Clinical and neurobiological findings suggest that the cannabinoids and the endocannabinoid system may be implicated in the pathophysiology and treatment of schizophrenia. We described that the spontaneously hypertensive rats (SHR) strain presents a schizophrenia behavioral phenotype that is specifically attenuated by antipsychotic drugs, and potentiated by proschizophrenia manipulations. Based on these findings, we have suggested this strain as an animal model of schizophrenia. The aim of this study was to evaluate the effects of cannabinoid drugs on the deficit of prepulse inhibition (PPI) of startle, the main paradigm used to study sensorimotor gating impairment related to schizophrenia, presented by the SHR strain. The following drugs were used: (1) WIN55212,2 (cannabinoid agonist), (2) rimonabant (CB1 antagonist), (3) AM404 (anandamide uptake inhibitor), and (4) cannabidiol (CBD; indirect CB1/CB2 receptor antagonist, among other effects). Wistar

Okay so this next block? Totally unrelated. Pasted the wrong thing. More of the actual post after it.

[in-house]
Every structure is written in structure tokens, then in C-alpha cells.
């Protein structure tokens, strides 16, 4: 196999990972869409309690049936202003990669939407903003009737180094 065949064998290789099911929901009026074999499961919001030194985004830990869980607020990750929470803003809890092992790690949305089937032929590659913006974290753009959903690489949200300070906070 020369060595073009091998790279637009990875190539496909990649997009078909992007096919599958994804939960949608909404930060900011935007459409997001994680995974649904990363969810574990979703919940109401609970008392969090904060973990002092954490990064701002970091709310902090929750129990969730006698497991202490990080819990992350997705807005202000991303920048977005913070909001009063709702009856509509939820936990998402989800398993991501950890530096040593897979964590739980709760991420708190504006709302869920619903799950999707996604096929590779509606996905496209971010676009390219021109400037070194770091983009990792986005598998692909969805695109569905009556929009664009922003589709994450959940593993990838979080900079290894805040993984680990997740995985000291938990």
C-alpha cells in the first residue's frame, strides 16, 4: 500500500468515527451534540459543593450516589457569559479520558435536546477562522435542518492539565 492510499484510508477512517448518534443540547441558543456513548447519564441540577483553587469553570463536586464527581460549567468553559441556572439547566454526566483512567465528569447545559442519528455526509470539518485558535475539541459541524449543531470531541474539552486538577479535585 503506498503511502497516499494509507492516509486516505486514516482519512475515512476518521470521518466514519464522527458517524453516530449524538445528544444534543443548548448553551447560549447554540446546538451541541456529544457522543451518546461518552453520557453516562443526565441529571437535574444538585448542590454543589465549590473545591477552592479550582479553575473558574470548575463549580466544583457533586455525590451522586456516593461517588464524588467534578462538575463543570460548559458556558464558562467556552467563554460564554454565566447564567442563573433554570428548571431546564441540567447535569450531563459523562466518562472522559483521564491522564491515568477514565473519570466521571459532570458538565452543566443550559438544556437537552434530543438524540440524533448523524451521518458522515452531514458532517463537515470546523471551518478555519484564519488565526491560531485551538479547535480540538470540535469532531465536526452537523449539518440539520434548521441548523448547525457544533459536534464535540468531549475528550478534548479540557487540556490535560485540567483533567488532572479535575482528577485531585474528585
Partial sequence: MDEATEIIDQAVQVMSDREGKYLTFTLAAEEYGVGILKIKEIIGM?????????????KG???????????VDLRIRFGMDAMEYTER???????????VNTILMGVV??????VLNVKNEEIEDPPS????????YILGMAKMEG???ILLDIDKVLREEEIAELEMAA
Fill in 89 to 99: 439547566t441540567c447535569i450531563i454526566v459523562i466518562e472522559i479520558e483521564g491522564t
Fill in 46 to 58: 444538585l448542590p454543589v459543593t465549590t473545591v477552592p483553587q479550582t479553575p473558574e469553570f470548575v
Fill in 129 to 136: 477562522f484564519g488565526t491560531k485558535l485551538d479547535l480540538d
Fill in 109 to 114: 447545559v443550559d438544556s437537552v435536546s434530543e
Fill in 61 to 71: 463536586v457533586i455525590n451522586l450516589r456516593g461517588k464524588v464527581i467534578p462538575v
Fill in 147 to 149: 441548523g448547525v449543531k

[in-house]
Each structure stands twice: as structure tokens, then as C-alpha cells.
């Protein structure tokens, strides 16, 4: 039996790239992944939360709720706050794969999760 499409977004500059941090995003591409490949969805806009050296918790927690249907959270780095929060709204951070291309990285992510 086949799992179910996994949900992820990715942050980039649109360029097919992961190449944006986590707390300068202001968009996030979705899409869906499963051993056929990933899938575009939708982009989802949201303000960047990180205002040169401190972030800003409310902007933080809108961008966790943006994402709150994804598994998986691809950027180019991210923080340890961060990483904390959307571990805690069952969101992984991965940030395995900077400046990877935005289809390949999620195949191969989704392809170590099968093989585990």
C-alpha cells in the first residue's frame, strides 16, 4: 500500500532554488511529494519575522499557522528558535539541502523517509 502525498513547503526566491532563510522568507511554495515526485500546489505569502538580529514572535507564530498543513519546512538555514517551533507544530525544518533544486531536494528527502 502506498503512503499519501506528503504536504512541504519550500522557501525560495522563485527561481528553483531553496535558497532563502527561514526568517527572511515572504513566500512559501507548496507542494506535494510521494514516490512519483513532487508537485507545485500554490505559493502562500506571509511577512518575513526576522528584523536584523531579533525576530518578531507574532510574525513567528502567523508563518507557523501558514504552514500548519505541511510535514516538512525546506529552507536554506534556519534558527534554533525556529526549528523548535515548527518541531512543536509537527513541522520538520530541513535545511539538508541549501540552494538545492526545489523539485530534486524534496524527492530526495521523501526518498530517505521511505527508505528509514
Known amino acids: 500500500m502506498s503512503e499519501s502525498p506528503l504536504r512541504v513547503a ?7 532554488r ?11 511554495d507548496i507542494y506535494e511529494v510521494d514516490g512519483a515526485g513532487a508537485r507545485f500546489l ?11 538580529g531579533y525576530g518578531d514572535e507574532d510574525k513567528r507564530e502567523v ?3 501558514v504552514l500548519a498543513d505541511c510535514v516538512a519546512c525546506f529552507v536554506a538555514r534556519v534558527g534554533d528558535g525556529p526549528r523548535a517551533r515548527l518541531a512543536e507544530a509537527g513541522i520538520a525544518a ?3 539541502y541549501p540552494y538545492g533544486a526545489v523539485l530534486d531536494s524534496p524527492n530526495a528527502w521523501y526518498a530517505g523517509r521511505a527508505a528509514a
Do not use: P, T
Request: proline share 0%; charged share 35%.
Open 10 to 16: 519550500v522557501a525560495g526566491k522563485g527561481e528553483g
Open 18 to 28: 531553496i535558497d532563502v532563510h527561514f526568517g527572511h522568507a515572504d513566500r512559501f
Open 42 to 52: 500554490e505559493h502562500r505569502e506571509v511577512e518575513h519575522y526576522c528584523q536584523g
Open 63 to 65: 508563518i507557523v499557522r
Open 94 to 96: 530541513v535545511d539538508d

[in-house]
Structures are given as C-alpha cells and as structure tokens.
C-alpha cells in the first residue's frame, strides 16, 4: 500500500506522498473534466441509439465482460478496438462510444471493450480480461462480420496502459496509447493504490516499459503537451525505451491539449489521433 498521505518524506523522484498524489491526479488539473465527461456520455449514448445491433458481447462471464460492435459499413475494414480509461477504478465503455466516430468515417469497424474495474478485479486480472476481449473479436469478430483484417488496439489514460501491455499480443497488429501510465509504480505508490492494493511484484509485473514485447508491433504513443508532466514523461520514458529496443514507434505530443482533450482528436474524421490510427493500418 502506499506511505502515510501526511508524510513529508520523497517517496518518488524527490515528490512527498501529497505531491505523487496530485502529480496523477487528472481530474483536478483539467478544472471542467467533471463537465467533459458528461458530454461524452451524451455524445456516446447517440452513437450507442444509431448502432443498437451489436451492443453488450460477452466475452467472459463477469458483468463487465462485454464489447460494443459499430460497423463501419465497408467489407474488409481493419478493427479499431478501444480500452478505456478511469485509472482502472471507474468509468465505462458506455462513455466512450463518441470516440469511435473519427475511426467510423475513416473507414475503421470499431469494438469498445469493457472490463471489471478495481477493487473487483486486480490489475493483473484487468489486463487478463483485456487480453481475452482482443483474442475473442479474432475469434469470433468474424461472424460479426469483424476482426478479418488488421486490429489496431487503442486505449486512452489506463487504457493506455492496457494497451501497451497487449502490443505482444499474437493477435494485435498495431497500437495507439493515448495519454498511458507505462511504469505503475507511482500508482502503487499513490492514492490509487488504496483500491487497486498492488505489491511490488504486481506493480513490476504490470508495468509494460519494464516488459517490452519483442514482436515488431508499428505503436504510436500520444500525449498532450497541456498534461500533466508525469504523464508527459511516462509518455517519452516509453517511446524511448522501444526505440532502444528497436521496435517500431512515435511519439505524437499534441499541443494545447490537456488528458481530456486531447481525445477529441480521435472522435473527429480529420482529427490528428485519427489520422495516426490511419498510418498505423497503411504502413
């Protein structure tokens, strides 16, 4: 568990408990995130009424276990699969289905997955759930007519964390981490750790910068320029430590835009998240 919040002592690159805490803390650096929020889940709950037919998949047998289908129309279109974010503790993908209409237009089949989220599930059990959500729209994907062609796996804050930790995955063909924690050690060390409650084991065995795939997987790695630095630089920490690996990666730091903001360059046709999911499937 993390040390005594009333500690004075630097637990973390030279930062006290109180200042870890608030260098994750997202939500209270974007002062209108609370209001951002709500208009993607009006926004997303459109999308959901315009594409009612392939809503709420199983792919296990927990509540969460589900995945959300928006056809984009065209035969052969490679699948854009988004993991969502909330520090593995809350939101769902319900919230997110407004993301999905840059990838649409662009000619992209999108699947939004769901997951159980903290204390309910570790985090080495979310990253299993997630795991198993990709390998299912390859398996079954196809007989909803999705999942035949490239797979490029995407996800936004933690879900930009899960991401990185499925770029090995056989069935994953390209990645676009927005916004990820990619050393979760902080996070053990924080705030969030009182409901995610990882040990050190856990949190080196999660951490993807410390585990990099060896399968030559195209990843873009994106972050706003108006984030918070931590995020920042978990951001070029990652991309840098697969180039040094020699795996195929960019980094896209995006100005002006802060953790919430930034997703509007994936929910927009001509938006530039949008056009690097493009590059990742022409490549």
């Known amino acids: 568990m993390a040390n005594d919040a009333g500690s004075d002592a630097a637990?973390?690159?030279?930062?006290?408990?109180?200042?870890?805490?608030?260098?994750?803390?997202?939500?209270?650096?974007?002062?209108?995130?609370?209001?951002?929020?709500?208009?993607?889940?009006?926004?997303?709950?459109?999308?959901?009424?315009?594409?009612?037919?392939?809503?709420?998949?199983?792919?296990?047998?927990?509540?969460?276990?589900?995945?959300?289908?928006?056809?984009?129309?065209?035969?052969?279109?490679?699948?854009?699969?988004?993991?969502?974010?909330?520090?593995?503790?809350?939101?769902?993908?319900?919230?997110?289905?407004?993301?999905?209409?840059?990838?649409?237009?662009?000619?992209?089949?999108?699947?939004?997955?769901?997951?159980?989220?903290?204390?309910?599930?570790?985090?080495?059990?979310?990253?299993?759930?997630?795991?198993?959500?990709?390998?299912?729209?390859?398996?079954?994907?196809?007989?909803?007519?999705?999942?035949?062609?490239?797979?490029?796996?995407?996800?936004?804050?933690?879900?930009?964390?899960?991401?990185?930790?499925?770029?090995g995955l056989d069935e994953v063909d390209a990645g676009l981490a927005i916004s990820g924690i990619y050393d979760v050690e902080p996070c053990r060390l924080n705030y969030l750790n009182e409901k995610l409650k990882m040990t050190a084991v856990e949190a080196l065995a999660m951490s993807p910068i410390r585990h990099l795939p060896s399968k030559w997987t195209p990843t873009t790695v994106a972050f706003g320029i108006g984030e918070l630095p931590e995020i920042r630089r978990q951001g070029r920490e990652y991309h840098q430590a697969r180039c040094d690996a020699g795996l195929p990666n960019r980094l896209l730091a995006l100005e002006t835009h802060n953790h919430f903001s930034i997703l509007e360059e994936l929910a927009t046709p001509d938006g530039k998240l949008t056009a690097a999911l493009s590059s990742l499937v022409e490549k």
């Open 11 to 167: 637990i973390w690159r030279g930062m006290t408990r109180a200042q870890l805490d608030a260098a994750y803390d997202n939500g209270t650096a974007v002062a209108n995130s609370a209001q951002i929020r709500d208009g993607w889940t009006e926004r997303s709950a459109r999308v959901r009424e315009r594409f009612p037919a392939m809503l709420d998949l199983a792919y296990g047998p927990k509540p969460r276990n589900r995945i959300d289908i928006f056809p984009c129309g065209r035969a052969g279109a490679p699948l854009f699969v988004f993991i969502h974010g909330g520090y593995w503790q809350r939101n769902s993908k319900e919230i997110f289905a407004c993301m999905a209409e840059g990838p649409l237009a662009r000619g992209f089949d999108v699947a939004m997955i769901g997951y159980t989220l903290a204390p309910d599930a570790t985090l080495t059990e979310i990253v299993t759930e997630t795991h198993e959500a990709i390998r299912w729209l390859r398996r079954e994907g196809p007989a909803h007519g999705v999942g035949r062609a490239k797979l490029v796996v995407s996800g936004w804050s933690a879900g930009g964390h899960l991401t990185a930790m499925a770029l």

rats (WRs) and SHRs were treated with vehicle (VEH) or different doses of WIN55212 (0.3, 1, or 3 mg/kg), rimonabant (0.75, 1.5, or 3 mg/kg), AM404 (1, 5, or 10 mg/kg), or CBD (15, 30, or 60 mg/kg). VEH-treated SHRs showed a decreased PPI when compared to WRs. This PPI deficit was reversed by 1 mg/kg WIN and 30 mg/kg CBD. Conversely, 0.75 mg/kg rimonabant decreased PPI in SHR strain, whereas AM404 did not modify it. Our results reinforce the role of the endocannabinoid system in the sensorimotor gating impairment related to schizophrenia, and point to cannabinoid drugs as potential therapeutic strategies.